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How E. coli bacteria become deadly: The making of a monster

Like an unexpected and unwelcome guest, pathogenic E coli burst onto the national scene nineteen years ago. Escherichia coli -- E. coli for short -- is a harmless bacteria that lives in the gut of humans. Scientists have studied it for decades. It was one of the first organisms to have its genome fully sequenced at the turn of the new century. No more scary than Mary Poppins, E. coli has been a basic part of genetics grad student education for fifty years.

This pretty picture changed forever in 1982, on one horrible weekend when hamburgers made from tainted beef killed party-going children. Public health scientists quickly identified what had contaminated the beef: E. coli bacteria. Not the harmless kind we were used to, but a new deadly form. Eaten by the children, this E. coli caused a severe bloody diarrhea and, in the more serious infections, lethal kidney damage. It is now a common cause of food poisoning, producing diarrhea in 73,000 people in the United States each year. Of those, about 2000 are hospitalized, and 60 die.

What had happened to transform a harmless bacterium into a killer? Biologists thought they knew. This sort of thing had happened before. The bacteria Vibrio cholerae usually exists in a harmless form, but a second, virulent (disease-causing) form occasionally arises, responsible for the deadly disease cholera. The deadly form is created by a virus that infects V. cholerae. When the virus enters the bacterial cell, it brings with it a gene that encodes a diarrhea-causing toxin. The toxin gene becomes part of the bacteria’s chromosome, converting what was a benign bacterium into a killer.
Scientists surmised that E. coli bacteria became deadly in 1982 in much the same way as V. cholerae, gaining a toxin gene from an infecting virus or from some other bacterium. This was a logical guess, but, as it turns out, not a good one.

Two weeks ago Drs. Fred Blattner and Nicole Perna of the University of Wisconsin and a team of researchers announced in the journal Nature the sequencing of the full genome of the deadly form of E. coli, a strain technically labelled O157:H7. This same team had already sequenced the harmless variety in 1997, and expected the DNA makeup of this dangerous strain to be similar, with perhaps a toxin gene or two added. “How different can they be?” Perna asked in an Associated Press interview

Very different, it turns out. The DNA of O157:H7 E. coli was one quarter longer than the harmless variety. It somehow had managed to obtain a host of new genes, the blueprints for a family of deadly modifications designed to aid infection.

The harmless and deadly strains share more than 4000 genes, the genetic “core” that defines the species E. coli. But interspersed among the core of O157:H7 are 177 new chunks of DNA containing 1,387 genes. “The sheer magnitude of the difference was totally shocking to us,” Perna said.

They weren’t just any old genes, either, these new ones. It was as if E. coli had deliberately set out to acquire genes that would help it better infect humans. Some of the new genes make enzymes that protect O157:H7 from being digested by stomach acid. With this improvement, less than a hundred O157:H7 cells can pass unharmed through the stomach and start an intestinal infection; several hundred thousand cells are required for successful infection by the harmless variety. Eight clusters of genes specify hairlike projections that allow the bacterium to grab onto the cells of the intestinal wall like grappling hooks. Other genes produce syringes that inject glue-proteins that stick the bacteria to any intestinal wall cells they reach. Still other genes make the deadly toxins that cause bloody diarrhea. All in all, an unpleasant package.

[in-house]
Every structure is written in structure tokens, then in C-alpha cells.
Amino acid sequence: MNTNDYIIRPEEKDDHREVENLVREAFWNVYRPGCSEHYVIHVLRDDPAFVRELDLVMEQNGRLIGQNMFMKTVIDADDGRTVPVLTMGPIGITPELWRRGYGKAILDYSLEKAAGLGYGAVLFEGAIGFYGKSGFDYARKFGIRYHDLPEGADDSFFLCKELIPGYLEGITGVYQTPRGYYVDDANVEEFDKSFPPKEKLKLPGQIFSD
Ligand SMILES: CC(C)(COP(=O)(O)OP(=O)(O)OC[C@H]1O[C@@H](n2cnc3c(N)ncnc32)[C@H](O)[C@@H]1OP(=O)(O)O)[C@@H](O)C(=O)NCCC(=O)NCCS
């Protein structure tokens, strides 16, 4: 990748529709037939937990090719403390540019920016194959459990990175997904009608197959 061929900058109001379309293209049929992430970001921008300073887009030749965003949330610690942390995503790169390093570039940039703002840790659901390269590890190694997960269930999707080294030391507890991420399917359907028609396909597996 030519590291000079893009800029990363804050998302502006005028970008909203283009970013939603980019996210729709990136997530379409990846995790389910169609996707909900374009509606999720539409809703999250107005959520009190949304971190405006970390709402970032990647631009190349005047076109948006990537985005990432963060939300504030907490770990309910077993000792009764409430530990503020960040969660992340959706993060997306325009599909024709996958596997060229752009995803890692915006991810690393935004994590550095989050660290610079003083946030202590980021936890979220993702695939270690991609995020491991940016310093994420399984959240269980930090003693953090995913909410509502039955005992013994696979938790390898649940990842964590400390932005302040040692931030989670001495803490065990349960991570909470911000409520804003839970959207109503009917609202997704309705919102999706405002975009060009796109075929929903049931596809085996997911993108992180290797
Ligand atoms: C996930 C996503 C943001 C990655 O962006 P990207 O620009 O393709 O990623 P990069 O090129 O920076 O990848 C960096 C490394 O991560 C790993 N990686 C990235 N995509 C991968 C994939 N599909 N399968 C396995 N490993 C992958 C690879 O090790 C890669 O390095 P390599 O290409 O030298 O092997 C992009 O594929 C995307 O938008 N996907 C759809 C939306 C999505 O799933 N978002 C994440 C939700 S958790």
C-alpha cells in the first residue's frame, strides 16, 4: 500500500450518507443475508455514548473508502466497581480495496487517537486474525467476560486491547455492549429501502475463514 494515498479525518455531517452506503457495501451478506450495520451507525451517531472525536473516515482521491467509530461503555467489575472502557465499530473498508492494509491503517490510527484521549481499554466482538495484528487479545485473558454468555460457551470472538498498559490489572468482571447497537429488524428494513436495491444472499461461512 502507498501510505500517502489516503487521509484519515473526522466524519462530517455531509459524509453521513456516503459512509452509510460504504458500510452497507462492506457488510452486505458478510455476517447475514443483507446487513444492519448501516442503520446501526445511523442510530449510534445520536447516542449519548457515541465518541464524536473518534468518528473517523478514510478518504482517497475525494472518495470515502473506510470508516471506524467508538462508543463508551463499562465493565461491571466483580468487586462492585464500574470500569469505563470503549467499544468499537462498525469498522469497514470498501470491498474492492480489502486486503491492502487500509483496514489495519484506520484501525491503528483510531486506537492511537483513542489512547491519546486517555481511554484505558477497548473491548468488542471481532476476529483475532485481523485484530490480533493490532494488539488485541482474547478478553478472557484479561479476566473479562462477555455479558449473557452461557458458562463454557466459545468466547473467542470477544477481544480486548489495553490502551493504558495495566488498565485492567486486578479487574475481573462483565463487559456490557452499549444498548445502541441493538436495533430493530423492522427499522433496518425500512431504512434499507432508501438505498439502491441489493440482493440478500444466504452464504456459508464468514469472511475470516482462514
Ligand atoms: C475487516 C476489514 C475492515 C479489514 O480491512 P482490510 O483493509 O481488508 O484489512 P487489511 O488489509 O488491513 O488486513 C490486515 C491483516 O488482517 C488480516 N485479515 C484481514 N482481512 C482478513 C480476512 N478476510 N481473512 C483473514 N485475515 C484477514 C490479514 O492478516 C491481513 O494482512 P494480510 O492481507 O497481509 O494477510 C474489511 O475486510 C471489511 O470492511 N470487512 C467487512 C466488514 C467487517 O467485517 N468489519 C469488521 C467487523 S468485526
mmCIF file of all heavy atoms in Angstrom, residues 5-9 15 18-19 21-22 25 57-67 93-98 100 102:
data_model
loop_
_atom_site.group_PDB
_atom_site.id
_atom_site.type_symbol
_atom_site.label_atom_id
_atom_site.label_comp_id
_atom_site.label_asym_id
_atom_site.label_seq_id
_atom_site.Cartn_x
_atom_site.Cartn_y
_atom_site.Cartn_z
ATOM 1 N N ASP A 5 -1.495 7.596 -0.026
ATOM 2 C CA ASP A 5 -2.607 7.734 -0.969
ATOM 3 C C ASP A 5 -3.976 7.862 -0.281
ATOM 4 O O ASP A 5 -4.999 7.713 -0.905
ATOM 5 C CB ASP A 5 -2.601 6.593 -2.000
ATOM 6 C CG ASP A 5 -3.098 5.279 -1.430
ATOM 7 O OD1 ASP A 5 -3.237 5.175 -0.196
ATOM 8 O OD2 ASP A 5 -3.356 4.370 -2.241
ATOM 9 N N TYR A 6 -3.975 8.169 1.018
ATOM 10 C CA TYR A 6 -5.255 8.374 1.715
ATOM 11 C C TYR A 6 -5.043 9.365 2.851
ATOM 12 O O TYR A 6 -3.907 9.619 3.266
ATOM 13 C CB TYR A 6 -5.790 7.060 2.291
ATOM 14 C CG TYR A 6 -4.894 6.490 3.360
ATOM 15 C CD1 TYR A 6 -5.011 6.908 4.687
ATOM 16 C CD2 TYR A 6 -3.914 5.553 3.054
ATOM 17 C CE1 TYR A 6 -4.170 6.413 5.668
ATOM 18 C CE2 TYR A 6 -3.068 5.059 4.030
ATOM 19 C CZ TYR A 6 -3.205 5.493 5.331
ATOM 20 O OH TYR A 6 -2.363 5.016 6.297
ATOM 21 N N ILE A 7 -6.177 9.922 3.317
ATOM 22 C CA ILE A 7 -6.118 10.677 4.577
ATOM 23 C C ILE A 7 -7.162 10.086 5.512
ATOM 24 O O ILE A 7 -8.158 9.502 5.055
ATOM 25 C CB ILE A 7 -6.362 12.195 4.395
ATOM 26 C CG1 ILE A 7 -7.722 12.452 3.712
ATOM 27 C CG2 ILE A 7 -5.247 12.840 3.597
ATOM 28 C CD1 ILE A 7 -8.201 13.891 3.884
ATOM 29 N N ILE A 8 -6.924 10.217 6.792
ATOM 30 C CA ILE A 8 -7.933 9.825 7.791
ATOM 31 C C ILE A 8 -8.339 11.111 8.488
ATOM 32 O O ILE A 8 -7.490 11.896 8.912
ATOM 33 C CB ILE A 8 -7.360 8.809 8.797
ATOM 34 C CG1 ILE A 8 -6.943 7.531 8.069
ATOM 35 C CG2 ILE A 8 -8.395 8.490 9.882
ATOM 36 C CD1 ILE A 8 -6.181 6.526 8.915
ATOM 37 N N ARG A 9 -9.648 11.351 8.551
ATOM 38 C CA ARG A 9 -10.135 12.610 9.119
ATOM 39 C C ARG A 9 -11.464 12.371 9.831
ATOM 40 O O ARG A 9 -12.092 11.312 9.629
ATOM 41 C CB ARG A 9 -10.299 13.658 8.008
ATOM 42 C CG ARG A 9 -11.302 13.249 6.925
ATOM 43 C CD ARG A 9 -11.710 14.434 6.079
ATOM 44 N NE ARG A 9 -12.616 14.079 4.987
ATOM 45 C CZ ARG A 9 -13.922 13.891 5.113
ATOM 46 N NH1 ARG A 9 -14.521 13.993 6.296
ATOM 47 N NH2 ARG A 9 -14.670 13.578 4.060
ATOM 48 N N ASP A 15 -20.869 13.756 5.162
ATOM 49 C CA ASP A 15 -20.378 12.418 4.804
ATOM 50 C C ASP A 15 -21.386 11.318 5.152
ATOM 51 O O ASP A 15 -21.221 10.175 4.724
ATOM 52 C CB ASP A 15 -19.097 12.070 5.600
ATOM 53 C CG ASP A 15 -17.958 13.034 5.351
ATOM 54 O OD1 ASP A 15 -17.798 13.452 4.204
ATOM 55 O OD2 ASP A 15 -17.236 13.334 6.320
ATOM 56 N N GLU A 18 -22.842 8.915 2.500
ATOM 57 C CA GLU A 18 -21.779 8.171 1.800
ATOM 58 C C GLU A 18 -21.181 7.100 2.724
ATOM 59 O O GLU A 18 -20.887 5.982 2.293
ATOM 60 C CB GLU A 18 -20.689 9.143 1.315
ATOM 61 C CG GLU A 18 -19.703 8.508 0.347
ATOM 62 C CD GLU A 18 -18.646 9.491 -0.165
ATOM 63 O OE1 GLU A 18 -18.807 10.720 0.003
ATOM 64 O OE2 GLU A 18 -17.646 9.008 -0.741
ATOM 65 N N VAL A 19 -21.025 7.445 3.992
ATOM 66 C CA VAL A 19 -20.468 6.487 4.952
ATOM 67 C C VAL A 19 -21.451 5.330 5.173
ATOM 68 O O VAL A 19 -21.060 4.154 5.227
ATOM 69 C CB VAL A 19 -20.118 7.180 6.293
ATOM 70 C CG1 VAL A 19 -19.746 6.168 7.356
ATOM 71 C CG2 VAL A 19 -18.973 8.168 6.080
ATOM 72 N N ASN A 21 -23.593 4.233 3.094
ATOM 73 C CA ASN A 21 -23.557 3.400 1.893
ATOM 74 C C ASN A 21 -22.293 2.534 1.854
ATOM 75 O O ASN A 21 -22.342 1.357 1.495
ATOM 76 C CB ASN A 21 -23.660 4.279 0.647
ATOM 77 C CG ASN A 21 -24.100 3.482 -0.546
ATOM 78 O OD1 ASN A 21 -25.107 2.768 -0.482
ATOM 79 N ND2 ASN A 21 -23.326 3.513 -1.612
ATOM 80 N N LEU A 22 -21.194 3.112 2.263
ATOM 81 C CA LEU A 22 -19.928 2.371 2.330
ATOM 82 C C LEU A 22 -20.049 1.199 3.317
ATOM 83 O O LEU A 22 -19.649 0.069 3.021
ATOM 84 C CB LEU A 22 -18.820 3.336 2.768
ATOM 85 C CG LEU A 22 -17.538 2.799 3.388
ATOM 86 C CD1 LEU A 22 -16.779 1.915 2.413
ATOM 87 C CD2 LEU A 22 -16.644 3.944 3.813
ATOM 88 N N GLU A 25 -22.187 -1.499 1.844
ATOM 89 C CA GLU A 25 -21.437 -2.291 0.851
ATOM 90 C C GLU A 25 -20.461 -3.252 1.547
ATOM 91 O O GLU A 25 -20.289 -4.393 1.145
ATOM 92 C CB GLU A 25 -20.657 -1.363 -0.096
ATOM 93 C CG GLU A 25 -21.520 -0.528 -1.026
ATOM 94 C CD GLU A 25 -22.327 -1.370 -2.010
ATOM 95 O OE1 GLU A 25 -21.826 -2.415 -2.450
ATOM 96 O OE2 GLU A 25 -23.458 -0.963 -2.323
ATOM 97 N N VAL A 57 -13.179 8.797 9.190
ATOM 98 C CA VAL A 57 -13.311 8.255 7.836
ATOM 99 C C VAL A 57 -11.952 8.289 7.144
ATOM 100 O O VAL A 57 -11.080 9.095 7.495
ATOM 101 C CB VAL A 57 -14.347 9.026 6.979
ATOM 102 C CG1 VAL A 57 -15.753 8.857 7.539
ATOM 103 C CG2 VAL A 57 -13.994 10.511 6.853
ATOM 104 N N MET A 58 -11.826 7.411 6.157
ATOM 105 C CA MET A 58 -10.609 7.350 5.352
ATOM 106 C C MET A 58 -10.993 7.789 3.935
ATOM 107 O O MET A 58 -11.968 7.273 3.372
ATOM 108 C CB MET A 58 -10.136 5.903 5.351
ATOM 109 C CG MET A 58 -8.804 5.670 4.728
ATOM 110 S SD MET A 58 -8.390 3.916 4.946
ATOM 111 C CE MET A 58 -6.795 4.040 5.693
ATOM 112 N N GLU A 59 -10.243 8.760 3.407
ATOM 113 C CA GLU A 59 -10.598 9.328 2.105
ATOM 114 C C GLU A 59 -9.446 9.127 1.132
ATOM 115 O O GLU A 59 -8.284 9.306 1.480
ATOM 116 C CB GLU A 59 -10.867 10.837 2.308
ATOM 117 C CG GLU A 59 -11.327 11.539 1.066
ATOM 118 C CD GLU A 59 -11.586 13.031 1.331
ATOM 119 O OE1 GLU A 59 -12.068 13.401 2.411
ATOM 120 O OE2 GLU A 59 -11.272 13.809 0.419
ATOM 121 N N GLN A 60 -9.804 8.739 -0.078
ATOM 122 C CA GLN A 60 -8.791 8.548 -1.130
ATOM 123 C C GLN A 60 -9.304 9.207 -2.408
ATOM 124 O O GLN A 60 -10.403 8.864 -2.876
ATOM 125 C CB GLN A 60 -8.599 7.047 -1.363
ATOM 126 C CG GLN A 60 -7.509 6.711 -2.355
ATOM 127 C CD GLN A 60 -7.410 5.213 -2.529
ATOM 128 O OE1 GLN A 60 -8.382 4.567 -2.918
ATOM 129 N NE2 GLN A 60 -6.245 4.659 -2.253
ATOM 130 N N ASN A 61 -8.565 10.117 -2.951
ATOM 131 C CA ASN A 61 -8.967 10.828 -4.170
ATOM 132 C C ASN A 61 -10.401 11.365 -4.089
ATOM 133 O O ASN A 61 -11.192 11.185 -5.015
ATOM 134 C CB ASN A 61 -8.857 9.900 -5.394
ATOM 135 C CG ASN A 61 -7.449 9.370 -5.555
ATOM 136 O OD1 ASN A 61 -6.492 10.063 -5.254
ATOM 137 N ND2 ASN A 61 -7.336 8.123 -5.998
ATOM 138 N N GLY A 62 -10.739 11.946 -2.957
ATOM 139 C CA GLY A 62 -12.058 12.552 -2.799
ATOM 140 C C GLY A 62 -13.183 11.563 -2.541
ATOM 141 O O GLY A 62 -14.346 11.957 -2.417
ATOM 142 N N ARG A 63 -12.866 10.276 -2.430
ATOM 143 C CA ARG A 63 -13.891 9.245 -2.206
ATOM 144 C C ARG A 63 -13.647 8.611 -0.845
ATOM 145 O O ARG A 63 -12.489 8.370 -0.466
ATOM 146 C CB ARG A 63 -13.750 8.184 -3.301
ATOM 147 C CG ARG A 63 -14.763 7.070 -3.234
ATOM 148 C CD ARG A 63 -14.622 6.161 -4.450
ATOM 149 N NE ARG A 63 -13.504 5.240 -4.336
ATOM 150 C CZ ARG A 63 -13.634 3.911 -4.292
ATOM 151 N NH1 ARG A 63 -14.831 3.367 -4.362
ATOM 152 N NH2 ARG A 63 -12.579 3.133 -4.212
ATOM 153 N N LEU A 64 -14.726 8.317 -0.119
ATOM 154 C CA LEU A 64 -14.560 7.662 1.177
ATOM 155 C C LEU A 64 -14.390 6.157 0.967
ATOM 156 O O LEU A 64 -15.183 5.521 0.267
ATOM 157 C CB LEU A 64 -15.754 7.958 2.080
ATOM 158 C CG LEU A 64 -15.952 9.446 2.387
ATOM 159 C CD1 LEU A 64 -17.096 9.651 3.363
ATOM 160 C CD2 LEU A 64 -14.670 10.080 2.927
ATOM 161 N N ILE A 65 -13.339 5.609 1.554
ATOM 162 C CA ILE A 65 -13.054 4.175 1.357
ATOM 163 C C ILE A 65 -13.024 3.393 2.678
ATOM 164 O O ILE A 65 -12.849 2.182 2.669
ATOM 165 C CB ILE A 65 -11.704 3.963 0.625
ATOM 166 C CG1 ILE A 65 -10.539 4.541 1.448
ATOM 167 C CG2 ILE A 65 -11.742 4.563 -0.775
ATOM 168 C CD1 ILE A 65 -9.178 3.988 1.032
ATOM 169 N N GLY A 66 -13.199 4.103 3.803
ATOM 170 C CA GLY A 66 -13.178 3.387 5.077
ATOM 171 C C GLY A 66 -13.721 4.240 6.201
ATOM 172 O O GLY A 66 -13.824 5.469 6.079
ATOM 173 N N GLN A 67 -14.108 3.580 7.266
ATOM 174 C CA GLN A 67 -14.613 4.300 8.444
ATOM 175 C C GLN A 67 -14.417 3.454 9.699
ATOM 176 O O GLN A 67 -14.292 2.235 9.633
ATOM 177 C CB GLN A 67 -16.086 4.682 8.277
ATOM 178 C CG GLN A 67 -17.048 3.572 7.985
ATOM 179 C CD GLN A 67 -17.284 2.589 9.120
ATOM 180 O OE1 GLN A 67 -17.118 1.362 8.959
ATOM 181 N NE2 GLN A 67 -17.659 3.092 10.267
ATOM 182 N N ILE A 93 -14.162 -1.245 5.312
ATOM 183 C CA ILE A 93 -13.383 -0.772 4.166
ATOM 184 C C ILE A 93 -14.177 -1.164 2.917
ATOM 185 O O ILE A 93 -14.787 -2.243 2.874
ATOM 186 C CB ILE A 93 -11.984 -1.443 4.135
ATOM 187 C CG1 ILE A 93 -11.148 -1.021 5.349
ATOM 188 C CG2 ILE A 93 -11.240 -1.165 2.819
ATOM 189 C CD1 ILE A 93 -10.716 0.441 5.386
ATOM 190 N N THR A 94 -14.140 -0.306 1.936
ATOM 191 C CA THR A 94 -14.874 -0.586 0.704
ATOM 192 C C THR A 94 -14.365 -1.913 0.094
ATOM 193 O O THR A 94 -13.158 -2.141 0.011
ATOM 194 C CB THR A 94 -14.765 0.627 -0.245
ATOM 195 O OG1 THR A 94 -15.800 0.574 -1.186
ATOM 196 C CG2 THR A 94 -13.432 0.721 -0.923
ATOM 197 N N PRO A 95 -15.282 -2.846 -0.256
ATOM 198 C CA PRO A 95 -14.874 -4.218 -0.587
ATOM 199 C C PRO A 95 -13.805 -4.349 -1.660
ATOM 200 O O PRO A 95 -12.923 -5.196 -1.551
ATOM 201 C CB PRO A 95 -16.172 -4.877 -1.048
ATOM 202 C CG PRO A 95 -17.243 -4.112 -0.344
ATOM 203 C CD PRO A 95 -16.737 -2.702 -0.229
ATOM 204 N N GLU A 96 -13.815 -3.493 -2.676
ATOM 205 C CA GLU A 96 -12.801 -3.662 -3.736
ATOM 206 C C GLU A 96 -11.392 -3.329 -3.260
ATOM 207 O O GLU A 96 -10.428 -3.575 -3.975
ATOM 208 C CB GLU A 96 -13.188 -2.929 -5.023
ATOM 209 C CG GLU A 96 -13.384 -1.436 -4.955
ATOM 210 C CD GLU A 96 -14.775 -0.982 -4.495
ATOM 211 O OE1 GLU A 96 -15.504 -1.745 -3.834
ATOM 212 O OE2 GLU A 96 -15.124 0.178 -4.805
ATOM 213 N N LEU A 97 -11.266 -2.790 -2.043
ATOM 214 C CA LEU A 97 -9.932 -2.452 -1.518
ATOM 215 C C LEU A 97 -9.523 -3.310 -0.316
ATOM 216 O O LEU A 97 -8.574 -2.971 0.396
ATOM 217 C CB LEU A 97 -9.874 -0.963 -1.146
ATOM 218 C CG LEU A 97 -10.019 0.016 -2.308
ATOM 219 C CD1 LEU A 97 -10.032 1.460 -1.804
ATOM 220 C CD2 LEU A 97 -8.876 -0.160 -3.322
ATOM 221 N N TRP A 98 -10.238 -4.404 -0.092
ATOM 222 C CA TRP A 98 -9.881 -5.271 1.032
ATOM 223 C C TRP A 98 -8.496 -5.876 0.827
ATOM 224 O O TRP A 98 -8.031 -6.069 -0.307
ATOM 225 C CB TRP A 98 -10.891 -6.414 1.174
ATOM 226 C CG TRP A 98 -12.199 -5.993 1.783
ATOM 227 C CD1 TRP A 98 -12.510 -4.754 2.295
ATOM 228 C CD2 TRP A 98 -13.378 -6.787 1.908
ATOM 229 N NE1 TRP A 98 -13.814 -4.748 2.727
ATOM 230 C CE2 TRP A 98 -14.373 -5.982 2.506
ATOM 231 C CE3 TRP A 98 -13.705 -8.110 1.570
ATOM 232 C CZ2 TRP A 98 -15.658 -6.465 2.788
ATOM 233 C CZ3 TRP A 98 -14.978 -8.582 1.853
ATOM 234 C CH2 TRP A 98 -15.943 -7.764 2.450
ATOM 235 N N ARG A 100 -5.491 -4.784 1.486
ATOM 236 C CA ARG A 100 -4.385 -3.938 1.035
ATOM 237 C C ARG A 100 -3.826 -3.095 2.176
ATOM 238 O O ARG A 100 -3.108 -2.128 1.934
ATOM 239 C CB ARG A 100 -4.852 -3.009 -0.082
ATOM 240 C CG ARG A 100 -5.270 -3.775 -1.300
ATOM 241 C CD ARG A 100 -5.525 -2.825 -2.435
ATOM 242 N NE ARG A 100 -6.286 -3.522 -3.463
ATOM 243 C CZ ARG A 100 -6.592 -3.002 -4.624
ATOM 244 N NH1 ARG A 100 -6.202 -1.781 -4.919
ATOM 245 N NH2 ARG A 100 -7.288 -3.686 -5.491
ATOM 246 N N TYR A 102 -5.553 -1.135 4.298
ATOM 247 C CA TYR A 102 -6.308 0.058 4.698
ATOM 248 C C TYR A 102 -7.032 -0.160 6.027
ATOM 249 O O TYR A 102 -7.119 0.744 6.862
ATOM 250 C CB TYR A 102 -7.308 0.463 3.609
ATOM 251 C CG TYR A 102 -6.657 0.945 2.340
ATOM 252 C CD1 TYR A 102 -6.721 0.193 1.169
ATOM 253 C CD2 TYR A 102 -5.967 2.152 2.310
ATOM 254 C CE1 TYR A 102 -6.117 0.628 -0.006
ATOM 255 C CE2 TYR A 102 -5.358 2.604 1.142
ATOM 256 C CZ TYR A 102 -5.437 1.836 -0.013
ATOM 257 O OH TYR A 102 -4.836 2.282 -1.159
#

How did this happen? Scientists have known since 1947 that E. coli bacteria can swap genes with other bacteria, but no one had guessed until now how very much they do so. In addition, some of the added genes of O157:H7, including the toxin genes, seem to have been introduced by viruses, just as happens in V. cholerae.

So how did the E. coli growing in cattle accomplish this monstrous transformation? Evolution acts strongly among bacteria that swap genes around, favoring mutations that cluster growth-promoting genes together. The clusters then bud off of the chromosome, creating infectious DNA bits called plasmids. Plasmids can pass from one bacterial cell to another. That is why the new genes of O157:H7 are found in clusters -- they arrived that way, on plasmids.

This troublesome package of infection-promoting genes is made up of just the sort of changes that foster success among bacteria living in a mammal’s gut. Natural selection rewards success where it finds it, and doesn’t ask our opinion or permission. Evolution doesn’t know hero or monster, only survival.

Whatever other little surprises evolution has in store for us, what scientists are learning today about diseases like deadly E. coli will surely make us better able to respond to new threats when they appear in the future, as they surely will, unexpected and unwelcome. Knowledge will always be our best defense.

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